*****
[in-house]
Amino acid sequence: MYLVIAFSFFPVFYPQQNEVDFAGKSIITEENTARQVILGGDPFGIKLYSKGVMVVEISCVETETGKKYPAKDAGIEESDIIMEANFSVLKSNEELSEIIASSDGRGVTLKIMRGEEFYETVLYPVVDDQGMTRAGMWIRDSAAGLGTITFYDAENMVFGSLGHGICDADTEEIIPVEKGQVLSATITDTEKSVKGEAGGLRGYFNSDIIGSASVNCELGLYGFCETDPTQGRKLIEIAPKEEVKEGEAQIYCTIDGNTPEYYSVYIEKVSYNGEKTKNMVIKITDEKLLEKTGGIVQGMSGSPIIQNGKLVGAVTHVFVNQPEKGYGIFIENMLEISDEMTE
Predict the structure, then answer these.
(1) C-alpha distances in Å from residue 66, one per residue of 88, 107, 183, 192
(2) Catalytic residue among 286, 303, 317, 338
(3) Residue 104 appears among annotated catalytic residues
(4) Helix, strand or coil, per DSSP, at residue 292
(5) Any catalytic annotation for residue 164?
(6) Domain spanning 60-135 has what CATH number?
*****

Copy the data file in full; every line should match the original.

[in-house]
Amino acid sequence: MYLVIAFSFFPVFYPQQNEVDFAGKSIITEENTARQVILGGDPFGIKLYSKGVMVVEISCVETETGKKYPAKDAGIEESDIIMEANFSVLKSNEELSEIIASSDGRGVTLKIMRGEEFYETVLYPVVDDQGMTRAGMWIRDSAAGLGTITFYDAENMVFGSLGHGICDADTEEIIPVEKGQVLSATITDTEKSVKGEAGGLRGYFNSDIIGSASVNCELGLYGFCETDPTQGRKLIEIAPKEEVKEGEAQIYCTIDGNTPEYYSVYIEKVSYNGEKTKNMVIKITDEKLLEKTGGIVQGMSGSPIIQNGKLVGAVTHVFVNQPEKGYGIFIENMLEISDEMTE
Predict the structure, then answer these.
(1) C-alpha distances in Å from residue 66, one per residue of 88, 107, 183, 192
(2) Catalytic residue among 286, 303, 317, 338
(3) Residue 104 appears among annotated catalytic residues
(4) Helix, strand or coil, per DSSP, at residue 292
(5) Any catalytic annotation for residue 164?
(6) Domain spanning 60-135 has what CATH number?